Neatly ordered cogs in various sizes are arranged on the workbenches; the milling and drilling machines are still. This morning, like every morning, the workday in Trimmis, Switzerland, begins leisurely with a cup of coffee and a croissant. Florian Schlumpf sits together with his employees, chatting about how the kids are doing at school or about plans for the holidays. Customer orders and production plans are put on hold for the moment.
Florian Schlumpf first started slowing things down in 2011. “I sold the production rights for the bicycle transmissions I developed to a German company, and suddenly I had some time and some money on my hands. I felt liberated,” the 62-year-old managing director recalls.
The idea for these clocks, or Time Machines, was something that had been floating around in his head for some time. “In the past, almost every home had some kind of grandfather clock or wall clock ticking away inside it. Unfortunately, you hardly ever hear this beautiful, homely sound any more.” As an experienced engineer, and having trained as a sculptor in his younger years, Florian Schlumpf only needed two weeks to build his first prototype: a Time Machine with a complete clock movement but no hands or dial. It was a visually appealing piece of furniture – and, according to its inventor, standing in front of it was the perfect place to enjoy a glass of wine without having to see time passing by. “Whether the hours pass quickly or slowly is a very subjective perception. Our sense of time is something very relative,” philosophises the Graubünden native.
Now, he produces his masterpieces of mechanical precision already in small lines of 5 to 50 pieces and in various designs. “We produce both standing clocks and wall clocks, and I’m currently working on a weatherproof outdoor version,” reveals Florian Schlumpf.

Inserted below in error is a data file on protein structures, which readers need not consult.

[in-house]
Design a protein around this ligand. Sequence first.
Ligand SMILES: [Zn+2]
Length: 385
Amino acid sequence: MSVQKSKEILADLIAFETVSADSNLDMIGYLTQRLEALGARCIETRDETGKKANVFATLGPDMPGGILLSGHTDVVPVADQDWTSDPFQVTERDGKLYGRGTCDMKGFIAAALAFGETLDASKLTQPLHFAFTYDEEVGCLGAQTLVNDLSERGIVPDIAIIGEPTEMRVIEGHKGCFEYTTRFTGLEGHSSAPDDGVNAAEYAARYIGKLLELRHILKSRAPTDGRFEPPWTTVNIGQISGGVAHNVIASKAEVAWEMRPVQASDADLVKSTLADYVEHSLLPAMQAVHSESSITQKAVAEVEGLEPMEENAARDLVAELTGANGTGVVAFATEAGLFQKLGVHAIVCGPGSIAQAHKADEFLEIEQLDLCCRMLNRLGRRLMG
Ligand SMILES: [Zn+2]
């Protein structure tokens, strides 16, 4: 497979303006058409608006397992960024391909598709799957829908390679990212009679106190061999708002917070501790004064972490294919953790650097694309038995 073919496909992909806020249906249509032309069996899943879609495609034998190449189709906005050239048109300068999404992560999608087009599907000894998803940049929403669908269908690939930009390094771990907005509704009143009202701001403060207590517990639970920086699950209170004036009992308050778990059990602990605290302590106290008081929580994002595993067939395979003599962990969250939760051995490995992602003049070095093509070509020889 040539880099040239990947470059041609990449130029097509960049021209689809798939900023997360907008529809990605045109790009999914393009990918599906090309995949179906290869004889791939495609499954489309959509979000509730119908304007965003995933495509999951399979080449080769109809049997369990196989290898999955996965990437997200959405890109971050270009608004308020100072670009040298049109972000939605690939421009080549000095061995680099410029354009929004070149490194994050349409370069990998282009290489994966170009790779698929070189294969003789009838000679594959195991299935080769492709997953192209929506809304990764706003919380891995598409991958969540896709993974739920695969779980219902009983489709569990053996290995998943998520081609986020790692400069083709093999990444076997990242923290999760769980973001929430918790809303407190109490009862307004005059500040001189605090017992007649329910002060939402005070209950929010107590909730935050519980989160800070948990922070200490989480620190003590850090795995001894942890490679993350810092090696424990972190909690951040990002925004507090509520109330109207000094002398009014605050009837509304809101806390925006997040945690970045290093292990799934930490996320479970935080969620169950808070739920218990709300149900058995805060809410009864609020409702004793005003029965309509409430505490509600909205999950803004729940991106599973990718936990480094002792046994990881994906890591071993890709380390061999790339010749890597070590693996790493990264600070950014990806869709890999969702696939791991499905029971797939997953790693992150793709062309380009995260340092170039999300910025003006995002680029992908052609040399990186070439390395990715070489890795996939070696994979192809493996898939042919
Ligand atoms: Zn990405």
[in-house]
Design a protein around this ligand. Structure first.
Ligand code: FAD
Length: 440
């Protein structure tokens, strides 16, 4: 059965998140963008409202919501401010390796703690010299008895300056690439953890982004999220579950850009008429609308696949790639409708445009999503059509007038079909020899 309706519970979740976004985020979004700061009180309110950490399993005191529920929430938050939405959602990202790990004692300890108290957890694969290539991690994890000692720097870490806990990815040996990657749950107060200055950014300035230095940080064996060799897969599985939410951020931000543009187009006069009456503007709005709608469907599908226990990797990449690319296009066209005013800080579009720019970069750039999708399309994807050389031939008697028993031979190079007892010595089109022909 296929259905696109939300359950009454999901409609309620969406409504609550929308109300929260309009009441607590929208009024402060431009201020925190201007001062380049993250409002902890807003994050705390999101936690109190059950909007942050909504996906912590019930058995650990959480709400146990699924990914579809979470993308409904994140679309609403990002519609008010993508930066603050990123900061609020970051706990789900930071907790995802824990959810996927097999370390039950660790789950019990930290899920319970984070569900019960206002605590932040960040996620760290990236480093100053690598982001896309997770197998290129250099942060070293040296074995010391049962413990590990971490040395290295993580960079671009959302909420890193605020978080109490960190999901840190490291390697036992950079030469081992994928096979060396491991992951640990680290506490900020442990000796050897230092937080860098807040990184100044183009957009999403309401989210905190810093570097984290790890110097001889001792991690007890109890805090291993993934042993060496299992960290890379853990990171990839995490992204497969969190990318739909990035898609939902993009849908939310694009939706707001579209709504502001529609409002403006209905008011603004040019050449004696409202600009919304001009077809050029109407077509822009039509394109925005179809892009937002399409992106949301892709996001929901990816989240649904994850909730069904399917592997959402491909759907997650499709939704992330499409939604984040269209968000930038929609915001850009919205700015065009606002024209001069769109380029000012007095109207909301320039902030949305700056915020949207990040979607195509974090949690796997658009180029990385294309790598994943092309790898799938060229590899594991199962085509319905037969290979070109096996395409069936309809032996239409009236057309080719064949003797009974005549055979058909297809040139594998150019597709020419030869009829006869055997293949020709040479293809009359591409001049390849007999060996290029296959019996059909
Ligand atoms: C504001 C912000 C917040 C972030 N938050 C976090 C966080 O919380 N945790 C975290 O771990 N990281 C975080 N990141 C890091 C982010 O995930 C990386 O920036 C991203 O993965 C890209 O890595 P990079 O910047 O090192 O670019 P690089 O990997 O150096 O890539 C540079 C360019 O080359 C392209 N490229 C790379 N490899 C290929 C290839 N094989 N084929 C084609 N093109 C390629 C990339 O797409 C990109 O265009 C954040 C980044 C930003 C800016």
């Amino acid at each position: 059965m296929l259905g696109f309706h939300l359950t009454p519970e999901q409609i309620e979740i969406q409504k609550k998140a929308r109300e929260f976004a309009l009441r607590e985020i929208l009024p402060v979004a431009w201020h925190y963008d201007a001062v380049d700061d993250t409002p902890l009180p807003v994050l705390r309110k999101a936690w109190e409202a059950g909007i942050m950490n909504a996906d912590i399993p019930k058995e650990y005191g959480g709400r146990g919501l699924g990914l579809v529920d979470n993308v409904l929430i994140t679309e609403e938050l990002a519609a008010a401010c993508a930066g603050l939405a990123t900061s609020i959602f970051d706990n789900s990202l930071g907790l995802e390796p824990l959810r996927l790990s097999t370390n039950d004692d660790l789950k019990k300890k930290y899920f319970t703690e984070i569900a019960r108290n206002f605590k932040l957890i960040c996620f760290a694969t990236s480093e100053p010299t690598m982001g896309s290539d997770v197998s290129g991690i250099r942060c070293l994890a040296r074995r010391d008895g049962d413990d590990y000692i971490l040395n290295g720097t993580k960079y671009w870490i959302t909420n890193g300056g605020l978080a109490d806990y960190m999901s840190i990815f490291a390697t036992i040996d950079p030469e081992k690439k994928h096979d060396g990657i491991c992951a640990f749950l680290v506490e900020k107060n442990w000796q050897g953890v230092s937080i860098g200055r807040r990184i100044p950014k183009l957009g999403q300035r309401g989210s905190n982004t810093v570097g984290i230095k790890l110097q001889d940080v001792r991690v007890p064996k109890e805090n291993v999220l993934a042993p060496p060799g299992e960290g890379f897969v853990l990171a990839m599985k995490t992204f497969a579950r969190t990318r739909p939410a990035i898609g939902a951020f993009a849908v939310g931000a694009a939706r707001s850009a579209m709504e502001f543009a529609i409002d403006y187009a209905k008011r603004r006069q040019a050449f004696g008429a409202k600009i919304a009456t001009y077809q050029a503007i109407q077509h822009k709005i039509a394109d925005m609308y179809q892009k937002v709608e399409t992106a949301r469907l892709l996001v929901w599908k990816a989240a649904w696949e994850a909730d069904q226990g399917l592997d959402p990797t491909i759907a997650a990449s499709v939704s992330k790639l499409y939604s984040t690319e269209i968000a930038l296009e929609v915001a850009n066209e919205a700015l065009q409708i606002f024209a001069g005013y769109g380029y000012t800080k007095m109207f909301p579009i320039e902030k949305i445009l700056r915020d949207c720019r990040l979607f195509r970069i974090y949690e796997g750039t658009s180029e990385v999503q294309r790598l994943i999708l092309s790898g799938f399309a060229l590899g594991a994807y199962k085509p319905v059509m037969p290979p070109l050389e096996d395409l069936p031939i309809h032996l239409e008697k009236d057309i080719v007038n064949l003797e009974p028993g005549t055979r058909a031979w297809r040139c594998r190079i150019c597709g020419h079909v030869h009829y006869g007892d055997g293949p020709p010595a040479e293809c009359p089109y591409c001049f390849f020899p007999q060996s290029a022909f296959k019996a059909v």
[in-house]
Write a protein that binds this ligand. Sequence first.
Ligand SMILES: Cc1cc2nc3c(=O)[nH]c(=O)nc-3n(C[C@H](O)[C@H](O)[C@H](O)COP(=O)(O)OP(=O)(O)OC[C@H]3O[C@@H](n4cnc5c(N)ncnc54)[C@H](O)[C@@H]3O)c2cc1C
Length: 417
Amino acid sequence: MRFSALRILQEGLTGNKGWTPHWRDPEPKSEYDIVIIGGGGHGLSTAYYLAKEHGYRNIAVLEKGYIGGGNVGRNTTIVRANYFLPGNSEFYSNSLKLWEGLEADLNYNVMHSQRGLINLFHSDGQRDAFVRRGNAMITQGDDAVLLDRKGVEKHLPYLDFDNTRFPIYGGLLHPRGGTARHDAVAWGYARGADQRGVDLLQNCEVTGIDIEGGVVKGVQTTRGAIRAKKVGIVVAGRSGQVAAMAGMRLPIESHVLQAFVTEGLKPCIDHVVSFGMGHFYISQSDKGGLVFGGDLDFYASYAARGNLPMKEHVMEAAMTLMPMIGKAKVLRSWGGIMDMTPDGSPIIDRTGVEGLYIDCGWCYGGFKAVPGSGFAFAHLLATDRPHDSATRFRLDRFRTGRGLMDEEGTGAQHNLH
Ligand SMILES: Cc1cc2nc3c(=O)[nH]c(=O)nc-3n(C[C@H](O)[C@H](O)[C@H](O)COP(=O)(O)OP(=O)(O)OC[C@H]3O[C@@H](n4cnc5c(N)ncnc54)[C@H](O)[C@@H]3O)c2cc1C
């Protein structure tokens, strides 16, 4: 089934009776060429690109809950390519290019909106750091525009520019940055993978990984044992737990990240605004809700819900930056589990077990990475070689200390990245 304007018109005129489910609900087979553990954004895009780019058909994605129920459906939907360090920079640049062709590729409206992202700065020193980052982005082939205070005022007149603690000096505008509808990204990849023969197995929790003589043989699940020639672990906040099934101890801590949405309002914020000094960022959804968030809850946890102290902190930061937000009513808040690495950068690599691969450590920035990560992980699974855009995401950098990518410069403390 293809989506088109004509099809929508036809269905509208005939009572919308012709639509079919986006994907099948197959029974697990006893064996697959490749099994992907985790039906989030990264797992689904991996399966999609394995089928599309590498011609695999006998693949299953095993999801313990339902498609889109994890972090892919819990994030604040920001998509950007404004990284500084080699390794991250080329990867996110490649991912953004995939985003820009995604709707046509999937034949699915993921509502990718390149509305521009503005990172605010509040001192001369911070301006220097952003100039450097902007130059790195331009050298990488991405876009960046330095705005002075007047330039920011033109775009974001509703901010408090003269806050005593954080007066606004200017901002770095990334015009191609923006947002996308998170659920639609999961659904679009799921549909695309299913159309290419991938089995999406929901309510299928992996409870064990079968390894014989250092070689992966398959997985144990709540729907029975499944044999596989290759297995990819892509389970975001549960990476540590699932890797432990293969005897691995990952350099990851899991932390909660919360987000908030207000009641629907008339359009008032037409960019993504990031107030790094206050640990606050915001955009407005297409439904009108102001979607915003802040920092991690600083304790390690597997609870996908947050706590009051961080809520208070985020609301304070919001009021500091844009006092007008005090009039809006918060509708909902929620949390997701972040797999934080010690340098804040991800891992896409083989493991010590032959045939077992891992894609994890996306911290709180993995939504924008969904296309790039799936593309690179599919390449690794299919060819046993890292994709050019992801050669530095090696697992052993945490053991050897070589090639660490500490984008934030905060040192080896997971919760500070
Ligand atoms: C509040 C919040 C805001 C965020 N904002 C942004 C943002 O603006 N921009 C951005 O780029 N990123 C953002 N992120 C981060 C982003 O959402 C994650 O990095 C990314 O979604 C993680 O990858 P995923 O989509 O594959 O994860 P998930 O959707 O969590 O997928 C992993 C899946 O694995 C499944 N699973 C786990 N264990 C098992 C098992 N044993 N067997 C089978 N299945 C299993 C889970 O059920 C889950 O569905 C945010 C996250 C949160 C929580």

All the components are made of high-quality materials: from the refined aluminium of the cogs, to the bronze bearings, to the mirror-polished
chrome steel, or even custom-made gold-plated parts. The meticulous craftsmanship ensures that the Time Machines require almost no maintenance and are made to last. Florian Schlumpf’s Time Machines are not designed as a decorative accessory – they are simply the result of perfectly functioning components coming together.
“Whether the hours pass quickly or slowly is a very subjective perception. Our sense of time is something very relative.”
Master of time
The Time Machines from Graubünden can now be found all over the world, from Europe to the USA and Australia. “Interlocking cogs and moving components have an almost hypnotic effect on people – they fascinate across all cultures, age groups and social classes,” says Florian Schlumpf. “One of my first customers was a businessman in London. He was looking for something for his office that visitors from all over the world would see and be captivated by from the very first second, something that would generate conversation,” says the creative mechanical engineer. “The fact that you can’t simply read the time off the clock obviously helps.”
However, some buyers do want a timepiece that subtly shows the time. Upon request, the resourceful Swiss provides hands and an hour ring as simple, removable magnetic parts. After all, it is important to Florian Schlumpf that the Time Machines can be transformed back into timeless objects of art in next to no time. This is in line with the motto that the Graubünden native has internalised and lived by for many years: You should always be the master of your own time. And not the other way around.